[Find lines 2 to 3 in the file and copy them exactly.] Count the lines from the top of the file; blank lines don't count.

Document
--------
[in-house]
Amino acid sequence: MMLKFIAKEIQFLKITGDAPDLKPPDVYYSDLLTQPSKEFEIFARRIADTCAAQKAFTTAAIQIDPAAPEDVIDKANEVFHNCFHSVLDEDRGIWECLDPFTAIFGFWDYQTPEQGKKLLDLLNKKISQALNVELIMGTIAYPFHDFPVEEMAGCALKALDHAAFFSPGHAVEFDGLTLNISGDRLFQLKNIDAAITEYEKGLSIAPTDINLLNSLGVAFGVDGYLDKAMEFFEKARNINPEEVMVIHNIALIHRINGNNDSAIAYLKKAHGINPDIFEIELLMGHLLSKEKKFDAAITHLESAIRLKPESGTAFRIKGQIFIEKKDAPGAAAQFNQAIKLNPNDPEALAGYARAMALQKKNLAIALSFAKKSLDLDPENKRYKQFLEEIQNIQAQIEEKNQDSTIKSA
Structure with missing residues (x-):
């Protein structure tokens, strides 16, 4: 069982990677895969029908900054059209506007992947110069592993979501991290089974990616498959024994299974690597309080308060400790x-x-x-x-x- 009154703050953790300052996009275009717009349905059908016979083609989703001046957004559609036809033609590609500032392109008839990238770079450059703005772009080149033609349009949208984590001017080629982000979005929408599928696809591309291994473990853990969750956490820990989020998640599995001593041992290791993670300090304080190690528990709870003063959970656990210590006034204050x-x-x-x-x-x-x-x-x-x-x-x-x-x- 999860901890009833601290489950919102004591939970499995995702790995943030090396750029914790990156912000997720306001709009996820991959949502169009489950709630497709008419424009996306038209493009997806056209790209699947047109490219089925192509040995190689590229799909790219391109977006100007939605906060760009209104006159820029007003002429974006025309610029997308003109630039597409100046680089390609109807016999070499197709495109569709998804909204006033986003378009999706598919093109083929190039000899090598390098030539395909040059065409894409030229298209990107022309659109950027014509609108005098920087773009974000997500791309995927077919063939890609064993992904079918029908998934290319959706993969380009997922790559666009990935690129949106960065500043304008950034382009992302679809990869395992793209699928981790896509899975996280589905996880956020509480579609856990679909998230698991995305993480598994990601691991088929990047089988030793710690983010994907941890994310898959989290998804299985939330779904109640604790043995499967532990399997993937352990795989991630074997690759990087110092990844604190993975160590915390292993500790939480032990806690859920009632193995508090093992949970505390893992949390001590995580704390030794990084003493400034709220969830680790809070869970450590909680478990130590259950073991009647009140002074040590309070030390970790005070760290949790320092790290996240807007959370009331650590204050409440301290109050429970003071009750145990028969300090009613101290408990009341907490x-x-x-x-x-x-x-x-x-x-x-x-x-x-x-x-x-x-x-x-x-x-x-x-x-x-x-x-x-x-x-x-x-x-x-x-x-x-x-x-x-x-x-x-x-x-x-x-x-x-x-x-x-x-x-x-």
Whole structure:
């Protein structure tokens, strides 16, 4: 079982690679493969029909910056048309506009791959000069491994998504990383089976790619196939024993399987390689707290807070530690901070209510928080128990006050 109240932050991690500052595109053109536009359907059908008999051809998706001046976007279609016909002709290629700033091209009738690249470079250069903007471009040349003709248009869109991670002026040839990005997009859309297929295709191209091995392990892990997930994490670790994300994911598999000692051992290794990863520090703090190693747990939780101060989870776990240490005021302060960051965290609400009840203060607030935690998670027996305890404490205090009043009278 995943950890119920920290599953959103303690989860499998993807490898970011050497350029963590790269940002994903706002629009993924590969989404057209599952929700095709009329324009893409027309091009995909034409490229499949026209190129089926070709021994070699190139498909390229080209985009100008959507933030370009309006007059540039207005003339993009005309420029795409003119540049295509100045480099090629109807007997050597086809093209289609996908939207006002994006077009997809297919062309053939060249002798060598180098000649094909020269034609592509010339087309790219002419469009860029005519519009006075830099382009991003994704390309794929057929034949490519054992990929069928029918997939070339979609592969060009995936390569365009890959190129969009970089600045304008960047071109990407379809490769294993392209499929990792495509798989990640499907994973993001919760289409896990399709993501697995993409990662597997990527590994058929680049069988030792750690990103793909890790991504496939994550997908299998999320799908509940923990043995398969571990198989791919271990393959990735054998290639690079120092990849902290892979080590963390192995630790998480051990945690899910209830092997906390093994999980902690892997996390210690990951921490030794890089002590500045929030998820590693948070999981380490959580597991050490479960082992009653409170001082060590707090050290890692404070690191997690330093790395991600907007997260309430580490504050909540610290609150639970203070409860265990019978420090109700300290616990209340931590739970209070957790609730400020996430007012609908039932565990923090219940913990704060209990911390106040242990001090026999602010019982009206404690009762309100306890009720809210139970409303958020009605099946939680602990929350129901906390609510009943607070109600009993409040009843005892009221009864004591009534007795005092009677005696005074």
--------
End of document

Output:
Amino acid sequence: MMLKFIAKEIQFLKITGDAPDLKPPDVYYSDLLTQPSKEFEIFARRIADTCAAQKAFTTAAIQIDPAAPEDVIDKANEVFHNCFHSVLDEDRGIWECLDPFTAIFGFWDYQTPEQGKKLLDLLNKKISQALNVELIMGTIAYPFHDFPVEEMAGCALKALDHAAFFSPGHAVEFDGLTLNISGDRLFQLKNIDAAITEYEKGLSIAPTDINLLNSLGVAFGVDGYLDKAMEFFEKARNINPEEVMVIHNIALIHRINGNNDSAIAYLKKAHGINPDIFEIELLMGHLLSKEKKFDAAITHLESAIRLKPESGTAFRIKGQIFIEKKDAPGAAAQFNQAIKLNPNDPEALAGYARAMALQKKNLAIALSFAKKSLDLDPENKRYKQFLEEIQNIQAQIEEKNQDSTIKSA
Structure with missing residues (x-):